18 Page 18 Section 5: DIVERSITY Goals Yearly Objectives The faculty handbook will include equal opportunity and non- discrimination statements. Met p. 22 (2009 version) Met p. 22 (2009 version) Met p. 21 (2011 version) The program will attract and retain a diverse faculty and staff. The program will attract and retain a diverse student body. All job postings will contain equal opportunity and non- discrimination statements. The department website will feature faculty research and practice in minority health. All new job postings will appear in at least two minority- focused publications. The student handbook will include equal opportunity and non- discrimination statements. The department will host at least one presentation each year on minority health. The program website will list and promote student diversity resources on campus. 80% of student eit surveys will rate the program as inclusive or very inclusive. Met Met Met Met Met Met Not Met Used 1 minority- focused publication Not Met Student handbook not yet published Not Met Used 1 minority- focused publication Not Met Student handbook not yet published Not Met Not Met Met Not Met Used 1 minority- focused publication Met p. 20 (2011 version) Not Met Not Met Not Met Not Met Data not collected Not Met Data not collected Not Met Data not collected* * The first GCH Graduate Student Eit Survey was distributed in December 2011, but this question was not included on the survey. A section of the eit survey focused on diversity will be developed, with considerable input from the Graduate Student Advisory Committee (represents input from student body as a whole) during AY d. An analytical self-study document providing qualitative and quantitative assessment of how the program achieves its mission, goals, and objectives and meets all accreditation criteria, including a candid assessment of strengths and weaknesses in terms of the program s performance against the accreditation criteria. This document serves as the self-study, which includes qualitative and quantitative assessments of program quality and performance based on established accreditation criteria. Each section provides a thorough eplanation of the self-study process, results, and final assessment. Each section ends with a summary of the program s strengths and weaknesses in regard to each specific criterion. e. Analysis of the program s responses to recommendations in the last accreditation report. Not applicable.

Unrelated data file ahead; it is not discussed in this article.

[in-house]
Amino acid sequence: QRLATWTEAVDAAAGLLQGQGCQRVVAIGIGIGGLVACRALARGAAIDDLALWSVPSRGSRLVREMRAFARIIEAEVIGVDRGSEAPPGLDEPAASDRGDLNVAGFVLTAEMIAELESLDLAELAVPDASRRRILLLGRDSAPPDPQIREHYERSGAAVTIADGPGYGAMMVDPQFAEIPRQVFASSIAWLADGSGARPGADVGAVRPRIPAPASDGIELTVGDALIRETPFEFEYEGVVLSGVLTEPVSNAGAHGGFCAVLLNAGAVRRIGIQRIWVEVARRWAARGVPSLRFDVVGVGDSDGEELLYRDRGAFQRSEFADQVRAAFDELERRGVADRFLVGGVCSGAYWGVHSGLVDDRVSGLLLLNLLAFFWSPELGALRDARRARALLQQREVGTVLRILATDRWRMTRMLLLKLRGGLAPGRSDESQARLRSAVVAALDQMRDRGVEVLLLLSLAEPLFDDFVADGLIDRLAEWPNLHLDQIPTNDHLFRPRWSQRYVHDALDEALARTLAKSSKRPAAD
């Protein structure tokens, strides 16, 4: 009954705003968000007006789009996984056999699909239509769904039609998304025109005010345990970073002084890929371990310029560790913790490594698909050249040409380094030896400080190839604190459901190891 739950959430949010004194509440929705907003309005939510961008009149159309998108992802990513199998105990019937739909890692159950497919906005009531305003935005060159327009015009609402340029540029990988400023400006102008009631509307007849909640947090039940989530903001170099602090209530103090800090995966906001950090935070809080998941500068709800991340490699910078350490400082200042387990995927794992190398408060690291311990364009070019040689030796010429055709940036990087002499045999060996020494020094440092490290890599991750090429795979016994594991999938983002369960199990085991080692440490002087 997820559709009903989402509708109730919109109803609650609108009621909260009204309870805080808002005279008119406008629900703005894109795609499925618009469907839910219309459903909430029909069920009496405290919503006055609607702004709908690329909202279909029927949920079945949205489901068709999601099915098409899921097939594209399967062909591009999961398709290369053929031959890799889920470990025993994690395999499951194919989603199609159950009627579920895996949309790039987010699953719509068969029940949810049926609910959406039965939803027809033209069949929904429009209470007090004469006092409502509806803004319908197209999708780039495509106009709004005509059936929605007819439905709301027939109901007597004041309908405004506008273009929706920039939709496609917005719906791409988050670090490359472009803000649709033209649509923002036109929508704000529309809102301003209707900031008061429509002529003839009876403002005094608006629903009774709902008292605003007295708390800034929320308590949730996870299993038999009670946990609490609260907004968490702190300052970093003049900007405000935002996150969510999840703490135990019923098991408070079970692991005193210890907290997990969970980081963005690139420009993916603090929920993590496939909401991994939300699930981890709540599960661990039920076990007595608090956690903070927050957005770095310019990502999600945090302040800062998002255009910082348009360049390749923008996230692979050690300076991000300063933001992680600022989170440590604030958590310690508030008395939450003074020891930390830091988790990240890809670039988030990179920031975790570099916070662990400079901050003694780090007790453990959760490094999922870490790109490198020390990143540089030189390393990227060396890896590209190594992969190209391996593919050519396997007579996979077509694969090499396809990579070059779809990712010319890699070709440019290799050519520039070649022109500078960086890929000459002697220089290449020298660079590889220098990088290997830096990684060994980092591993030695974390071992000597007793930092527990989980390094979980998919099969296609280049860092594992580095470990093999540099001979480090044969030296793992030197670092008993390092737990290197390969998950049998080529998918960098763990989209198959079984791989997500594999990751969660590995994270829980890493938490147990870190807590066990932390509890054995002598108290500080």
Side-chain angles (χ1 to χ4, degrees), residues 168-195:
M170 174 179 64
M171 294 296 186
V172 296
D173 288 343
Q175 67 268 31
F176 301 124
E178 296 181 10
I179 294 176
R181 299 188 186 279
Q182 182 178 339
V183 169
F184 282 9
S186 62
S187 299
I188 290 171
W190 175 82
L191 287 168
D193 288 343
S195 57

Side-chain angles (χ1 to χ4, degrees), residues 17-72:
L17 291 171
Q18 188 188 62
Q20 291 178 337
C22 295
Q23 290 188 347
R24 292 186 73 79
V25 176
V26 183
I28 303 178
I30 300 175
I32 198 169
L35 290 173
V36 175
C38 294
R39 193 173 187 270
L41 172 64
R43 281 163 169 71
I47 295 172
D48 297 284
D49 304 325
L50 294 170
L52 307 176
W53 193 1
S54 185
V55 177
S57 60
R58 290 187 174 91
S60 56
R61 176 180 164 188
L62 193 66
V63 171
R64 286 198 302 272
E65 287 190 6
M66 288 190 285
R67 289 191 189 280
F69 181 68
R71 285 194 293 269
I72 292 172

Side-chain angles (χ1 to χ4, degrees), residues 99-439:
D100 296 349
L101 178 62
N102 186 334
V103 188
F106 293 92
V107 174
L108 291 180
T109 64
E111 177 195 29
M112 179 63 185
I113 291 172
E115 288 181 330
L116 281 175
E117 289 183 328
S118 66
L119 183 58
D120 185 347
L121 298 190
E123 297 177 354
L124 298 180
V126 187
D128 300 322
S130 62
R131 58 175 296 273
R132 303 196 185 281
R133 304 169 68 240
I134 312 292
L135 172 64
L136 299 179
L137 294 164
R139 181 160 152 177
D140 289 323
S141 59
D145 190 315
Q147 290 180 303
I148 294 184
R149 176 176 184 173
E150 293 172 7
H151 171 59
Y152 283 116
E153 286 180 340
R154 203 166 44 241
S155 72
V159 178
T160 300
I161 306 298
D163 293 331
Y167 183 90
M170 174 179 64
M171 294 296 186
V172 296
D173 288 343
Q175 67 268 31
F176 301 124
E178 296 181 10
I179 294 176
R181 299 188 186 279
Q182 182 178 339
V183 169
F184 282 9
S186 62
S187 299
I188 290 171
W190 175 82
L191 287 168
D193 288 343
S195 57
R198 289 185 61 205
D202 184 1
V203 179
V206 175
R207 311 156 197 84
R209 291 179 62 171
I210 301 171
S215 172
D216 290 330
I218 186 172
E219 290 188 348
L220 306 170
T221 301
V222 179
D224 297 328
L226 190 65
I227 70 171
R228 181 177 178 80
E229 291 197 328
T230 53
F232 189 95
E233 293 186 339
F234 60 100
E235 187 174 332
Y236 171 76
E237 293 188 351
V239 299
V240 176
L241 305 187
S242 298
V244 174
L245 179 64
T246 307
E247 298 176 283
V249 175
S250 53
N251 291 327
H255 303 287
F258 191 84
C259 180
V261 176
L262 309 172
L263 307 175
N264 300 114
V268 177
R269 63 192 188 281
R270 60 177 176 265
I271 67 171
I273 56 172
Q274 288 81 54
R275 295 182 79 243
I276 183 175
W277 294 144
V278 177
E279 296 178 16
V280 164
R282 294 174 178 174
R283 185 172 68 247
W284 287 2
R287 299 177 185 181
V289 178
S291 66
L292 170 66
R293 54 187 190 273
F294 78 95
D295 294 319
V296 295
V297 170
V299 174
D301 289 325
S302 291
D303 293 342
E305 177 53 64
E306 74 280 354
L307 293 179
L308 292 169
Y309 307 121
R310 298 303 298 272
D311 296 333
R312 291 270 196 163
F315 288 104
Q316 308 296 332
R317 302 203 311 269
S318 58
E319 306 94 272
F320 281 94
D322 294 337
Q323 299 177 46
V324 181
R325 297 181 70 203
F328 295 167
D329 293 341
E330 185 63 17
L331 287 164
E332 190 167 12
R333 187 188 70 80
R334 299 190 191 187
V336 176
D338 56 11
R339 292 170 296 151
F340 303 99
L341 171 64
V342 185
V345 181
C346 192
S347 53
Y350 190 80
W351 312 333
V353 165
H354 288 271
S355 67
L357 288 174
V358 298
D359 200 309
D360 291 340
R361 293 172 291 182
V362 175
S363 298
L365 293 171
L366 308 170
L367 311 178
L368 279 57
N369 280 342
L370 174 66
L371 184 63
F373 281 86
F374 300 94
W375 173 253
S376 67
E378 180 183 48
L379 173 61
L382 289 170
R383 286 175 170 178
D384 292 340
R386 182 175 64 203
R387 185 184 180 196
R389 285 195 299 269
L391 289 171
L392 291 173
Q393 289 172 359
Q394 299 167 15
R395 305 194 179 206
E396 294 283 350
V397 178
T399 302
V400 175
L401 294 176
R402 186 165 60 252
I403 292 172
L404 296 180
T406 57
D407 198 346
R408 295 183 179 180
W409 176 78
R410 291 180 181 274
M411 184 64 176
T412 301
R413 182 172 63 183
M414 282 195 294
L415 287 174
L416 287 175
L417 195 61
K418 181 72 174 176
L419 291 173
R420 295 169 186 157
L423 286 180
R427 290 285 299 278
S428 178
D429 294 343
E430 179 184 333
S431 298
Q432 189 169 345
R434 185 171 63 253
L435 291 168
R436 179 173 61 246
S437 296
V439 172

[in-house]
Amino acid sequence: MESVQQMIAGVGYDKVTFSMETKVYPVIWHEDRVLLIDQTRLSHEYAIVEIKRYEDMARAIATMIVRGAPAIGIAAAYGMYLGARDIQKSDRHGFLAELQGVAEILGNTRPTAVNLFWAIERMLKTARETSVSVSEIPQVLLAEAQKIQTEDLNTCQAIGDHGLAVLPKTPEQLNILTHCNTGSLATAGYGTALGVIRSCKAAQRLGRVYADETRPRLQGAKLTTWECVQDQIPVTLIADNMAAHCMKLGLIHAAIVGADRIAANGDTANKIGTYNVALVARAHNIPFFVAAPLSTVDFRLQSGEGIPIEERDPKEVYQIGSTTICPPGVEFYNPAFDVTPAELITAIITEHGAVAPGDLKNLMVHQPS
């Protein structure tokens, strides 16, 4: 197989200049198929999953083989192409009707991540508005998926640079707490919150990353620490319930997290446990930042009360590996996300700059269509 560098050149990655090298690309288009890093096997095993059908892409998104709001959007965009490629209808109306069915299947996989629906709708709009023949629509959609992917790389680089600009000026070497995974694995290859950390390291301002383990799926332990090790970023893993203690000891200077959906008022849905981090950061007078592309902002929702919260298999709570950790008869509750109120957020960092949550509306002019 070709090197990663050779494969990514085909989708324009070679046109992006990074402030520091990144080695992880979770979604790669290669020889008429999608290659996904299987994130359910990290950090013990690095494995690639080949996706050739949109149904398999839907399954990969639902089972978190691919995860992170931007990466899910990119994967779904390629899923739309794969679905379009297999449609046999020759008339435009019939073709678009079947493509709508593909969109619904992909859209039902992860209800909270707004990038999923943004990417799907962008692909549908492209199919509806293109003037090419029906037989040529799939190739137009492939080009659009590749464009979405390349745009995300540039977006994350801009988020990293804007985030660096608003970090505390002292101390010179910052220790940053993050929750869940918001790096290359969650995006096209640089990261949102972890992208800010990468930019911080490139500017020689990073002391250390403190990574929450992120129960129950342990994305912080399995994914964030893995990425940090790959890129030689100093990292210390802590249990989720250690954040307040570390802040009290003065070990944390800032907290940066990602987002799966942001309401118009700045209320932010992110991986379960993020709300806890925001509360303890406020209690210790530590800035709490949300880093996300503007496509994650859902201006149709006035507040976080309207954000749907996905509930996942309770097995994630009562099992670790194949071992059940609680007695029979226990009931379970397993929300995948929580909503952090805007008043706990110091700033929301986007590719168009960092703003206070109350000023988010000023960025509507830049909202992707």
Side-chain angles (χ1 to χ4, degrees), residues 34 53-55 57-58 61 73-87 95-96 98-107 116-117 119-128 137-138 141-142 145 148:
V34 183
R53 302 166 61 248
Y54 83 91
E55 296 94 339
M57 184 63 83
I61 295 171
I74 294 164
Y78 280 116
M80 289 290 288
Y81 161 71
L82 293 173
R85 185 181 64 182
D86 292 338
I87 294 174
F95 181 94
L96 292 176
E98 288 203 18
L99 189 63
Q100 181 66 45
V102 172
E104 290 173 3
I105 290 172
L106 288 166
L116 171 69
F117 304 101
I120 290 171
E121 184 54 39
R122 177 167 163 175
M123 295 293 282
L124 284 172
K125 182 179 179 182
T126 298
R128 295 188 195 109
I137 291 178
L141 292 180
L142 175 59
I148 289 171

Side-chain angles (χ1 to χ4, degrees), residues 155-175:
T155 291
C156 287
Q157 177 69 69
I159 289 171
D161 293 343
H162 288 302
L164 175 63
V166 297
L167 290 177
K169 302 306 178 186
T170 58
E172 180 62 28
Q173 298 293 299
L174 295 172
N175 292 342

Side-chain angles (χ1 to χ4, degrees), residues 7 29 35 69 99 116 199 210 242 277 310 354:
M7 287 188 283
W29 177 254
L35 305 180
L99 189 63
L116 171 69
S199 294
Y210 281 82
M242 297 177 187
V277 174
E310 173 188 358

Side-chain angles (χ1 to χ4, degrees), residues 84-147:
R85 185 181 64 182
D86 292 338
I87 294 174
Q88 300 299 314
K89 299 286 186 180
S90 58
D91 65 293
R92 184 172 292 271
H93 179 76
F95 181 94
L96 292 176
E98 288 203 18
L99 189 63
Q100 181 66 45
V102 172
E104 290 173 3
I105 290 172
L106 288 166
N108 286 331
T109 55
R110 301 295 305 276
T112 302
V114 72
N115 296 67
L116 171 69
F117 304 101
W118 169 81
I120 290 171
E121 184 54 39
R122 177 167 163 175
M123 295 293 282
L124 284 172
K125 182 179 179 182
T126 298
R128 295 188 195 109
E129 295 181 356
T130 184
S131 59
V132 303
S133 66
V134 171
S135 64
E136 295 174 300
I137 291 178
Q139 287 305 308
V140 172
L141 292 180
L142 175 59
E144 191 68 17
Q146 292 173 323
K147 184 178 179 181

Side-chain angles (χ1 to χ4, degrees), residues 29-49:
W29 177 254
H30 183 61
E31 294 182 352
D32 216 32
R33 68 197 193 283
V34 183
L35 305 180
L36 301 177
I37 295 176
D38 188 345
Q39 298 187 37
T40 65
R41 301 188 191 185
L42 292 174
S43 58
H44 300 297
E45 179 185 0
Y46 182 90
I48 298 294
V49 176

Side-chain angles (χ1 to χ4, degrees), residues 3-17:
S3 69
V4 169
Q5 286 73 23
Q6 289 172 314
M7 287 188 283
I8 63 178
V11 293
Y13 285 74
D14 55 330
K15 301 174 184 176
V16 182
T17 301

19 Page 19 f. Description of the manner in which the self-study document was developed, including effective opportunities for input by important program constituents, including institutional officers, administrative staff, teaching faculty, students, alumni, and representatives of the public health community. This self-study document was completed collaboratively by program faculty, the Graduate Programs Director, the Department Chair, and the CHHS Offices of Research and Program Evaluation, Academic Affairs, and the Dean. Program faculty wrote the majority of the document, using data and documents from a variety of sources on campus, including the Office of Student Affairs, Institutional Research and Reporting, and Graduate Admissions. The Graduate Programs Director was responsible for (1) ensuring the document was completed according to CEPH requirements, (2) ensuring all criteria were adequately addressed, (3) assigning sections of the document to be drafted and edited, (4) consulting with CEPH during the process, and (5) submission of the final self-study. Over the past three years, the program faculty have revised various elements of the MPH program s design, curriculum, and academic policies to comply with CEPH criteria and improve the overall educational quality. The GCH Graduate Programs Committee and the Graduate Programs Director have overseen these activities with participation and feedback from stakeholder groups, including students, alumni, the advisory committee, consultants, CEPH advisors, and adjunct faculty. g. Assessment of the etent to which this criterion is met. This criterion is met with commentary. The MPH program uses a comprehensive program evaluation system that includes performance goals, objectives, and performance measures in teaching, research, service, administration, and diversity. The evaluation system has been created, reviewed, and revised using a collaborative process that involves all stakeholder groups. The program actively solicited feedback from students in the first two years of implementation. This critical feedback led to a number of major improvements and a revised set of objectives and performance measures. Although several benchmarks were either not assessable or not reached during the first two years of the program, most were reached by the third year. The program continues to solicit feedback from students through a representative advisory board. The program established a systematic process for collecting data needed to assess performance and will continue to use this feedback in future decision-making. The site supervisor survey is available in Attachment C and will be distributed starting January, The employer survey is available in Attachment D. The alumni survey is available in Attachment E. Moving forward, data from these surveys will be regularly collected and incorporated into the review cycle.